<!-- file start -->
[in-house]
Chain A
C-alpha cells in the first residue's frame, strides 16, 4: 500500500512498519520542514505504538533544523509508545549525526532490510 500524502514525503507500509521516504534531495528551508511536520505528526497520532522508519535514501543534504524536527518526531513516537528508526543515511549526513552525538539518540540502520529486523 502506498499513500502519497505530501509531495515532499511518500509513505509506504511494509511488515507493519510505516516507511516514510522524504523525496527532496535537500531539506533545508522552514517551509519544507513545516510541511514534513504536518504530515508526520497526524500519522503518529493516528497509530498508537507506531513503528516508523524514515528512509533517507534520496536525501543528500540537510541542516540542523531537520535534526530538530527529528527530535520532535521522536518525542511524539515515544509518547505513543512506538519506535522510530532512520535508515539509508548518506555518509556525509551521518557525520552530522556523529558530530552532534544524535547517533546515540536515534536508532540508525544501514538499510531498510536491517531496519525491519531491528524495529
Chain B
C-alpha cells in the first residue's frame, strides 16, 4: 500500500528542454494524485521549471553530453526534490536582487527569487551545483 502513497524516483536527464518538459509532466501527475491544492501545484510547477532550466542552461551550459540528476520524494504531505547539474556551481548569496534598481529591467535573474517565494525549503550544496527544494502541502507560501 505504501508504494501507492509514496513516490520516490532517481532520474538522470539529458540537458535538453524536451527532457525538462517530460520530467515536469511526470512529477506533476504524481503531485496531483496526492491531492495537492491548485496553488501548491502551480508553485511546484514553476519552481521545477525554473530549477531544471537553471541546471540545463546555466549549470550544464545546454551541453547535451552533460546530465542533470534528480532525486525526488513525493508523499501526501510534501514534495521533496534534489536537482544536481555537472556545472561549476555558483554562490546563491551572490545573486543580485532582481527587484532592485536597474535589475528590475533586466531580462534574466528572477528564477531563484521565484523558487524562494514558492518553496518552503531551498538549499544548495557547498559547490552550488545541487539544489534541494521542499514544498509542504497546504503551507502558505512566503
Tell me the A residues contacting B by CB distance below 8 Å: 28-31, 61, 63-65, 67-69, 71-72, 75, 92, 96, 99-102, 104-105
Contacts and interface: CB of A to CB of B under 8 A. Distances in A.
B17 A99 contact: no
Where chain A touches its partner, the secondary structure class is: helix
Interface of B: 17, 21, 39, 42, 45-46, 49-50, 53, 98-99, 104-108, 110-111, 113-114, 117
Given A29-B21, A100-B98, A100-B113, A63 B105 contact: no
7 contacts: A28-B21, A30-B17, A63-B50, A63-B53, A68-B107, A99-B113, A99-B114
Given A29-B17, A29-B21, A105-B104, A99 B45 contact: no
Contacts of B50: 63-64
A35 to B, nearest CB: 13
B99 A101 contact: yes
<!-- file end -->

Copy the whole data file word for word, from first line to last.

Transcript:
[in-house]
Chain A
C-alpha cells in the first residue's frame, strides 16, 4: 500500500512498519520542514505504538533544523509508545549525526532490510 500524502514525503507500509521516504534531495528551508511536520505528526497520532522508519535514501543534504524536527518526531513516537528508526543515511549526513552525538539518540540502520529486523 502506498499513500502519497505530501509531495515532499511518500509513505509506504511494509511488515507493519510505516516507511516514510522524504523525496527532496535537500531539506533545508522552514517551509519544507513545516510541511514534513504536518504530515508526520497526524500519522503518529493516528497509530498508537507506531513503528516508523524514515528512509533517507534520496536525501543528500540537510541542516540542523531537520535534526530538530527529528527530535520532535521522536518525542511524539515515544509518547505513543512506538519506535522510530532512520535508515539509508548518506555518509556525509551521518557525520552530522556523529558530530552532534544524535547517533546515540536515534536508532540508525544501514538499510531498510536491517531496519525491519531491528524495529
Chain B
C-alpha cells in the first residue's frame, strides 16, 4: 500500500528542454494524485521549471553530453526534490536582487527569487551545483 502513497524516483536527464518538459509532466501527475491544492501545484510547477532550466542552461551550459540528476520524494504531505547539474556551481548569496534598481529591467535573474517565494525549503550544496527544494502541502507560501 505504501508504494501507492509514496513516490520516490532517481532520474538522470539529458540537458535538453524536451527532457525538462517530460520530467515536469511526470512529477506533476504524481503531485496531483496526492491531492495537492491548485496553488501548491502551480508553485511546484514553476519552481521545477525554473530549477531544471537553471541546471540545463546555466549549470550544464545546454551541453547535451552533460546530465542533470534528480532525486525526488513525493508523499501526501510534501514534495521533496534534489536537482544536481555537472556545472561549476555558483554562490546563491551572490545573486543580485532582481527587484532592485536597474535589475528590475533586466531580462534574466528572477528564477531563484521565484523558487524562494514558492518553496518552503531551498538549499544548495557547498559547490552550488545541487539544489534541494521542499514544498509542504497546504503551507502558505512566503
Tell me the A residues contacting B by CB distance below 8 Å: 28-31, 61, 63-65, 67-69, 71-72, 75, 92, 96, 99-102, 104-105
Contacts and interface: CB of A to CB of B under 8 A. Distances in A.
B17 A99 contact: no
Where chain A touches its partner, the secondary structure class is: helix
Interface of B: 17, 21, 39, 42, 45-46, 49-50, 53, 98-99, 104-108, 110-111, 113-114, 117
Given A29-B21, A100-B98, A100-B113, A63 B105 contact: no
7 contacts: A28-B21, A30-B17, A63-B50, A63-B53, A68-B107, A99-B113, A99-B114
Given A29-B17, A29-B21, A105-B104, A99 B45 contact: no
Contacts of B50: 63-64
A35 to B, nearest CB: 13
B99 A101 contact: yes